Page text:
Pat Popovich slid her first stone down a sheet of ice 12 years ago when she attended a learn-to-curl session at Chaparral Ice.
Story and Photo by Gretchen M. Sanders
“I was hooked from day one,” she says.
Soon, her life revolved around this peculiar sport, which originated centuries ago in Scotland.
Cross shuffleboard with bowling then add ice, and you get something akin to curling. But no skates are allowed. Curlers wear special shoes and sling stones across the ice toward an area called the house, a group of embedded circles where points are scored. Curlers can sweep the frozen surface with special brooms to increase a stone’s potential to score.
“It was a weird sport to me at first,” says Popovich, who, at 68, isn’t easing up on her game. “It was weird being on ice in Austin, but Austin embraces the weird.”
A longtime member of Lone Star Curling Club, Popovich has competed with and against Olympic curlers, including 2018 American gold medalist John Shuster. She has represented Austin at national and international bonspiels, aka tournaments, and is a certified curling instructor.
Here’s how this curling crackerjack stays in stone-throwing shape.
“I wake up at 5:45 a.m. and stretch for a few minutes before I get out of bed. I punch the air about 100 times, twist my torso and flex my feet. Then I go downstairs and make coffee. I have oatmeal soup when I get to work—raw oats and nonfat milk with blueberries and a small banana cooked together.”
“I curl for two hours once a week at Chaparral Ice year-round. It’s a workout. Sweeping the ice is done in fast, vigorous spurts. It elevates my heart rate and works my back and arm muscles. This sport requires good balance. Yoga can help curlers control their delivery and shifting body weight when they throw stones. General fitness is also important. I strive to take 10,000 steps per day. I also do two 30-minute get-fit classes a week after work.”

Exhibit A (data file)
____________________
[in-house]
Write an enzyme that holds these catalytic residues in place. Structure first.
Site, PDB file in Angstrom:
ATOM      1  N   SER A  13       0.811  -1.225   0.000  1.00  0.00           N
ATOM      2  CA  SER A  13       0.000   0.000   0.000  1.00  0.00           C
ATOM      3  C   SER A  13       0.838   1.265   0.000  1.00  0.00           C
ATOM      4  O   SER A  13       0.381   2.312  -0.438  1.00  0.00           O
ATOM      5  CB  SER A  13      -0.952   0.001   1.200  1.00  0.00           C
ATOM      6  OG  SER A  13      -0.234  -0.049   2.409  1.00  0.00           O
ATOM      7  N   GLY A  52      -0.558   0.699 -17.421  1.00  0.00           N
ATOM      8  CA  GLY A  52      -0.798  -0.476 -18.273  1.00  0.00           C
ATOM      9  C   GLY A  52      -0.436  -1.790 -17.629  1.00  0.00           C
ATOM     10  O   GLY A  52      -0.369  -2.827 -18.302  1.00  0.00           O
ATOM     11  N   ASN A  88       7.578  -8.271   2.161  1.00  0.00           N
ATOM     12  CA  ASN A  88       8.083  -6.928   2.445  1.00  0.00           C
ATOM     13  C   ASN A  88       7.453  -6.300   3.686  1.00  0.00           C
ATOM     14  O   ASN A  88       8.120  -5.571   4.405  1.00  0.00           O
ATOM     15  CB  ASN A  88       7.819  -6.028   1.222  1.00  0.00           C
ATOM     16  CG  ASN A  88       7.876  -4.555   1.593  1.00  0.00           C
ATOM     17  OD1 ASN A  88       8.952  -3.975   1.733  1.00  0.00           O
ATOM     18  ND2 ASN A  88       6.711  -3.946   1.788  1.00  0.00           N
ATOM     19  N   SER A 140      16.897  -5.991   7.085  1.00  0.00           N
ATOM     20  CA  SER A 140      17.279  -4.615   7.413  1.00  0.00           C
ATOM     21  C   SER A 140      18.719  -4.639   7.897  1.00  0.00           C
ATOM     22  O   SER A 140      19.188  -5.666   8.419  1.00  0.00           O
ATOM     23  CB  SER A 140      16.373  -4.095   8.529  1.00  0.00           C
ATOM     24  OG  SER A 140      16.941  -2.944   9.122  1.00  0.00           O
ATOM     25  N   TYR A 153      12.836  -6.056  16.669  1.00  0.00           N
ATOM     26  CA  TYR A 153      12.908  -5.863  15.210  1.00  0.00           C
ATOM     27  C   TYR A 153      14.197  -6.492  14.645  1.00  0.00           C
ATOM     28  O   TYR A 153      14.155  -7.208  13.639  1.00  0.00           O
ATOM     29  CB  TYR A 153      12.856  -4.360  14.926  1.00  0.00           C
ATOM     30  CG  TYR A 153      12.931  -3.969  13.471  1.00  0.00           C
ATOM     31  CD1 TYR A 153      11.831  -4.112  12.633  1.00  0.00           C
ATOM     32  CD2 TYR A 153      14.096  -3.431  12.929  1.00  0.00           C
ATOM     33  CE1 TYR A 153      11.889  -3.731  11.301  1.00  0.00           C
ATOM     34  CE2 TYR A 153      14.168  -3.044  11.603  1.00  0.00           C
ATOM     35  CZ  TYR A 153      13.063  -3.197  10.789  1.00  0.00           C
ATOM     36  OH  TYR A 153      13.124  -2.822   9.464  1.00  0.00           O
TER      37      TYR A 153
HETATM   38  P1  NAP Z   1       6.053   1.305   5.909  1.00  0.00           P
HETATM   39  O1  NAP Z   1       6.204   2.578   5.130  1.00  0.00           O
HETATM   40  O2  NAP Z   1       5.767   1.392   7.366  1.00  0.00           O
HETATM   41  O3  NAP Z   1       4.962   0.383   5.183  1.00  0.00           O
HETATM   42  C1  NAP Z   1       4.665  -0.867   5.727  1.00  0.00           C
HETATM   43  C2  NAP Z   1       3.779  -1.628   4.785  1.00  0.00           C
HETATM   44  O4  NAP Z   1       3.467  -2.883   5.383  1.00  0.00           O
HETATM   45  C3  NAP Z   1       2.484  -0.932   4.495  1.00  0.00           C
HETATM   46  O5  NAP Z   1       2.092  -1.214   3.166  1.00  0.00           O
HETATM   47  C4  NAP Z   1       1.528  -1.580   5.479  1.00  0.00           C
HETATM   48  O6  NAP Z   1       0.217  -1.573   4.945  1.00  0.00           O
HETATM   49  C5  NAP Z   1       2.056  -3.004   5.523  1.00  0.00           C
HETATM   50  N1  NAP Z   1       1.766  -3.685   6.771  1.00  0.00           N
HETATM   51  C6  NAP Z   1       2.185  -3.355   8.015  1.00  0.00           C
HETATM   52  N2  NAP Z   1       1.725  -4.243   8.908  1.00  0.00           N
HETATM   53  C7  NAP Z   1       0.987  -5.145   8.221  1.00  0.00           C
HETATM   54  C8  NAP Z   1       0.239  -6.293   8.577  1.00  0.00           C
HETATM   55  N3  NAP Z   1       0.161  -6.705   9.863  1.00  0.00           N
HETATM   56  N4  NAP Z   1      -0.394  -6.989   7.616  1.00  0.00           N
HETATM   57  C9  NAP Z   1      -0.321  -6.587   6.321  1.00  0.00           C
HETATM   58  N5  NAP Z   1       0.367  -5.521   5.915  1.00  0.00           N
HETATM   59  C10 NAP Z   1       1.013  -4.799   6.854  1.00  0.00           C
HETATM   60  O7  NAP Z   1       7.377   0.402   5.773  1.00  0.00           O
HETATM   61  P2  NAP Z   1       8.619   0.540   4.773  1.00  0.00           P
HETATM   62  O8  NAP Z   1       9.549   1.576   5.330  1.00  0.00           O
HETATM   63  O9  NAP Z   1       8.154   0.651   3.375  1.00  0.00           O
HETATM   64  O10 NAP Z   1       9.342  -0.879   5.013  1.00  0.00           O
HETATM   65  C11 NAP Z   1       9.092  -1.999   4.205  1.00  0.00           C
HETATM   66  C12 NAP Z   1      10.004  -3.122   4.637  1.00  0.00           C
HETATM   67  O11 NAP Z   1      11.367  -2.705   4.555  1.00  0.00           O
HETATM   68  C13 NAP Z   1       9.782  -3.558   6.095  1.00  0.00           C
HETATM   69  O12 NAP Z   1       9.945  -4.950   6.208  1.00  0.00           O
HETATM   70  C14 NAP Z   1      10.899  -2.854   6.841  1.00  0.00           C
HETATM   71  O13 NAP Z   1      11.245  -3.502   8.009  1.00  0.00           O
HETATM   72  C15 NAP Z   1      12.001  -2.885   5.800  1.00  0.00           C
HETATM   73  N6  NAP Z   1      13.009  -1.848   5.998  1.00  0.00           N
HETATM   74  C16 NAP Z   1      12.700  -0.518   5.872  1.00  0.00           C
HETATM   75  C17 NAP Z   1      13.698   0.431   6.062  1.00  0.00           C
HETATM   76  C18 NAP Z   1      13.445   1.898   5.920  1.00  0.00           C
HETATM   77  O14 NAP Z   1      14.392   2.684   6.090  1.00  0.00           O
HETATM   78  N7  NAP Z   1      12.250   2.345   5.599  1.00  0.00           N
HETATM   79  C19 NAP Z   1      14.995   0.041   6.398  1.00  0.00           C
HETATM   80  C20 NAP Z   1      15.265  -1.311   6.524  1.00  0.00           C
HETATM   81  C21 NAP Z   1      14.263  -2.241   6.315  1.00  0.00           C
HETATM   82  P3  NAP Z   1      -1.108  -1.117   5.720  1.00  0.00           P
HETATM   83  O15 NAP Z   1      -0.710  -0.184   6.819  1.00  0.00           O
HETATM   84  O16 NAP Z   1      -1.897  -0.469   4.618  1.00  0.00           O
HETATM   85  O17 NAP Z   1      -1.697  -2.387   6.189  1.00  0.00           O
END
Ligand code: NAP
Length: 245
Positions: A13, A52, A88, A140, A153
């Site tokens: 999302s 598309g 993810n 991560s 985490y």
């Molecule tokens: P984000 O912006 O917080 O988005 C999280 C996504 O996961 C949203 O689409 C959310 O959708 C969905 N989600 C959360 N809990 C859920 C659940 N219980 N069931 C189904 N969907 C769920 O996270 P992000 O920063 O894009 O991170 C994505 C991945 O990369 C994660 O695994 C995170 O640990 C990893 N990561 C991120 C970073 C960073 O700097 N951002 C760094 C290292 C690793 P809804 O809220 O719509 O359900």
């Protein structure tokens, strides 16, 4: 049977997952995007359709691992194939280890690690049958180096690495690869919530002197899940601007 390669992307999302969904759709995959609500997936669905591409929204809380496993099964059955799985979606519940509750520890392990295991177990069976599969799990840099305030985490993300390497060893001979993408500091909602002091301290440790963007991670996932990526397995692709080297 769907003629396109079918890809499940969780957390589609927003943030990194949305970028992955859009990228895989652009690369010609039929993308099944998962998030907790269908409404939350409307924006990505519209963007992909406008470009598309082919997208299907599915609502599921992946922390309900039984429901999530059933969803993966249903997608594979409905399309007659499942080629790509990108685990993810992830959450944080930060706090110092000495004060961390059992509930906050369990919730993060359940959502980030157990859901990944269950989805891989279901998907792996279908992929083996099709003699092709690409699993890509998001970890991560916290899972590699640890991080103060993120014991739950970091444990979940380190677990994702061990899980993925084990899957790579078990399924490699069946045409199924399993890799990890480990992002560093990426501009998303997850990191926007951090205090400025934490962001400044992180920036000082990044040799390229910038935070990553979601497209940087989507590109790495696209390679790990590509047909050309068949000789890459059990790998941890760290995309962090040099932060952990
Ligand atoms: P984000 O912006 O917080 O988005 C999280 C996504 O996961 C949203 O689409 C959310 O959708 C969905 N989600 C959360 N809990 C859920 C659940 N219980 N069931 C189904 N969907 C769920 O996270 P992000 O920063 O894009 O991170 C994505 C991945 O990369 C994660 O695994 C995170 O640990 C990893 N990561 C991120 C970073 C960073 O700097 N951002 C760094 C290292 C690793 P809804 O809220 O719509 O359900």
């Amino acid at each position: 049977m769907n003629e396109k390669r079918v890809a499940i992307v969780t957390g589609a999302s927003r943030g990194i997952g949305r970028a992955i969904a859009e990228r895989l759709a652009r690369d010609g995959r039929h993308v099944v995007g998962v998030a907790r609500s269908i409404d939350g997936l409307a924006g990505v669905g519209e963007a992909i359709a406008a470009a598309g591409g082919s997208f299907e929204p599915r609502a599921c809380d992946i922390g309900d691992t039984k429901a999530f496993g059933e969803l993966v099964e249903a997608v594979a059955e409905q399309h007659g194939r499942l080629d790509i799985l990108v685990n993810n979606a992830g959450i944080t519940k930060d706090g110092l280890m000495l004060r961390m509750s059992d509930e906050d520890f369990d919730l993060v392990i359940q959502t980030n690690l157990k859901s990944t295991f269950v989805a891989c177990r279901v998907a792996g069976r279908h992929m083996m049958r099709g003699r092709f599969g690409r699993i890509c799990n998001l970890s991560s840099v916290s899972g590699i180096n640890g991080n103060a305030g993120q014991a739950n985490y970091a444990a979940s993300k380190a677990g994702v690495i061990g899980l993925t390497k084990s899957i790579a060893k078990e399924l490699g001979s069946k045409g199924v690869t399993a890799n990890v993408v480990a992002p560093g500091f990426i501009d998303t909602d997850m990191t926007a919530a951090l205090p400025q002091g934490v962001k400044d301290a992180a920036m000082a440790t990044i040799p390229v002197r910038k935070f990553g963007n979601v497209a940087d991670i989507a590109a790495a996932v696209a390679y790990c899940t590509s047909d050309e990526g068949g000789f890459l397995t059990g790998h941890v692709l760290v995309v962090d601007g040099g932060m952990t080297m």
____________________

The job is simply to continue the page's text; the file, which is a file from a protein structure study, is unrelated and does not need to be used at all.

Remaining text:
“I’m always aware of what I’m eating. I like fresh food, such as poached salmon and Brussels sprouts tossed with olive oil and cinnamon. Growing up in Hawaii, I learned to try different things. I don’t like sauces because I want to taste the food I’m eating. I usually go out for lunch during the workweek. I’m not a big dinner person; an apple and cheese with some olives or almonds is enough. Before I curl, I eat a banana, a yogurt or an energy bar. I have a fast metabolism and burn food fast. People tell me it’s not fair. I love red wine and a good margarita, and I must have a piece of dark chocolate every day.”
“Curlers need warm, flexible clothes. Yoga or exercise pants work well. It’s cold on the ice, so I dress in layers, with thin socks under wool socks because my feet get especially cold. I wear a long-sleeve shirt under a T-shirt with a jacket and thin gloves. I use a lightweight Goldline broom with a swivel head and BalancePlus shoes. Curling shoes cost $100 or more and have a Teflon slider built into the one that goes on your sliding foot. The other shoe has a gripper so it doesn’t slide. The league provides our rocks. Curling rocks come from a quarry in Scotland, weigh 42 pounds each and cost $5,000 for a set of eight.”
“Curling is fun, athletic and strategic. You have to think. It’s known as chess on ice. It truly is a team sport.”
“I know I have the shot in my repertoire. I know what my skip wants. I can execute what’s asked of me to help the team.”
“I’m reading The Martian by Andy Weir right now. It’s funny. Lights out at 10:30 p.m.”